Traditional Japanese swords are highly regarded for their excellent craftsmanship and quality. Many modern swordsman collectors and martial arts experts consider them to be the best swords in the world. There are many reasons for this situation, one of which is the metal used in its structure.

Some of the earliest Japanese swords were made of mild steel. This proves to be better than bronze, but these swords are still prone to breakage. Soon, Japanese swordsmiths created a new and better metal: jade gold steel.


What Is Tamahagane Steel?


Tamahagane means "round and expensive steel" and is a special steel invented in the feudal era of Japan. It is characterized by a higher carbon content than traditional steel, giving it some qualities not found elsewhere.

Of course, too much carbon will make the blade fragile; therefore, swordsmiths must find the right concentration. The Tamahagane steel produced today contains approximately 1% to 1.5% carbon. However, in feudal Japan, it usually contains 3% to 4.5% carbon.


Origins of Tamahagane Steel


It is believed that tamahagane steel was invented through trial and error. Japanese cutlers often try different ingredient mixtures to determine which works best. They found that mixing iron sand with a small amount of sulfur or phosphorus with coal produces a high-quality metal that is very suitable for making swords.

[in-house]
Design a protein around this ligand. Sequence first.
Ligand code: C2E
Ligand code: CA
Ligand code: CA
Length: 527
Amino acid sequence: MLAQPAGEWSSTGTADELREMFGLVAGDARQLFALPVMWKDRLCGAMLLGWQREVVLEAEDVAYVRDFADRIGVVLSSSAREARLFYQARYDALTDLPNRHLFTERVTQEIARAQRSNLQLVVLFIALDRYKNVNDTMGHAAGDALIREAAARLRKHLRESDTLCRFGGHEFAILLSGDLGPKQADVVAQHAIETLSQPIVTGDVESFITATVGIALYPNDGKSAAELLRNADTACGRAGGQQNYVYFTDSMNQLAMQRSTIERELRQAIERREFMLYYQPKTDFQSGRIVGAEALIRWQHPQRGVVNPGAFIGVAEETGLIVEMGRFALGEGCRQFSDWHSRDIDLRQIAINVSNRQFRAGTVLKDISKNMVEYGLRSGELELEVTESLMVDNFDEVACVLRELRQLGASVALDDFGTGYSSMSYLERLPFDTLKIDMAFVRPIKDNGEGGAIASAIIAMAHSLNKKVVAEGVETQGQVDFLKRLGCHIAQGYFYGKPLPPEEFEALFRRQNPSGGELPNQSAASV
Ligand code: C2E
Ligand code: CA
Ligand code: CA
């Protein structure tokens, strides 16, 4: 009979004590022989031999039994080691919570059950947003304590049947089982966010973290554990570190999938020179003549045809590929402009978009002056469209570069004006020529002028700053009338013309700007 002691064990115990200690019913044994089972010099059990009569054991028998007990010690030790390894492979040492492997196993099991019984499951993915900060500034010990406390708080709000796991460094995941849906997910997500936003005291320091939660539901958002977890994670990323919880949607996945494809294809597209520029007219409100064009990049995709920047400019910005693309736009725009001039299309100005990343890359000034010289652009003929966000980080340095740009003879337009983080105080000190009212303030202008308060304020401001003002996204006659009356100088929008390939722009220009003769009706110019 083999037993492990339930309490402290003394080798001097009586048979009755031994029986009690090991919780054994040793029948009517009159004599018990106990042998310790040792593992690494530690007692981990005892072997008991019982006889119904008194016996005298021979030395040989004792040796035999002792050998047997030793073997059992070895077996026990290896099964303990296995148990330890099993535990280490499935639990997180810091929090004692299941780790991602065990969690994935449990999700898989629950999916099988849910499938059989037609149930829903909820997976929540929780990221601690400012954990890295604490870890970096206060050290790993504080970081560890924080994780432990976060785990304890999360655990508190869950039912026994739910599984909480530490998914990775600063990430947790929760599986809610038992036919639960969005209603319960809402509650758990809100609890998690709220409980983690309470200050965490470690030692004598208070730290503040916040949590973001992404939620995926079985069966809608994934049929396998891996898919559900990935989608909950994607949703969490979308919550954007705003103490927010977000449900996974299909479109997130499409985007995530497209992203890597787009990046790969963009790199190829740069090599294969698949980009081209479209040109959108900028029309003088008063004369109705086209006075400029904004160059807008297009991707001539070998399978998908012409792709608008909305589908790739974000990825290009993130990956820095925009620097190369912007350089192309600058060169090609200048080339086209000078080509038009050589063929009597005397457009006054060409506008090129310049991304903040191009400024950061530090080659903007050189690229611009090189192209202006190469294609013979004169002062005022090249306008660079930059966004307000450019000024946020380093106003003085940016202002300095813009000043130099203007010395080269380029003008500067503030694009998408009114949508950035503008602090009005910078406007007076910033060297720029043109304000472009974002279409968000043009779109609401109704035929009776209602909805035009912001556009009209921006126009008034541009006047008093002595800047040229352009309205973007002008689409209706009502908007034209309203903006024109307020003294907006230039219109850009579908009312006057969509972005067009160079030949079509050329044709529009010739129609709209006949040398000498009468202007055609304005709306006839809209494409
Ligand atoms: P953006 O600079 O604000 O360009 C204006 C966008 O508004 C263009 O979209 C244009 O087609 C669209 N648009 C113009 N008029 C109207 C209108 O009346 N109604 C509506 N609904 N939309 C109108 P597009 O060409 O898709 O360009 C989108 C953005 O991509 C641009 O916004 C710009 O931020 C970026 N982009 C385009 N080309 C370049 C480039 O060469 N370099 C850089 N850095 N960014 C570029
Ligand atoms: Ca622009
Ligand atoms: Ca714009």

The end result is the use of high carbon steel called tamahagane. Swordsmiths have discovered that swords made of tamahagane can hold the blade more easily, and can even bend under pressure - instead of breaking.


Tamahagane Steel Production


Tamahagane steel is made of iron sand called satesu. There are two different types of satesu: akome and masa, the latter provides a higher level of quality.

To make tamahagane steel, satesu is placed in a clay bathtub, which is then dried and heated to a temperature of approximately 1,800 degrees Fahrenheit. Soon thereafter, charcoal (carbon) was added to make the metal harder. Likewise, it is important to use the right amount of charcoal. If you add too much or too little, the metal will become weak and easily damaged.

So, how long does it take to make jade-faced steel? It varies according to the specific type of jade, the producer, and the tools that the person can use. That being said, the process is quite time consuming, taking approximately 36 to 72 hours to complete. Throughout the process, the steelmaker must constantly add satesu every 10 minutes while stirring and turning the mixture.

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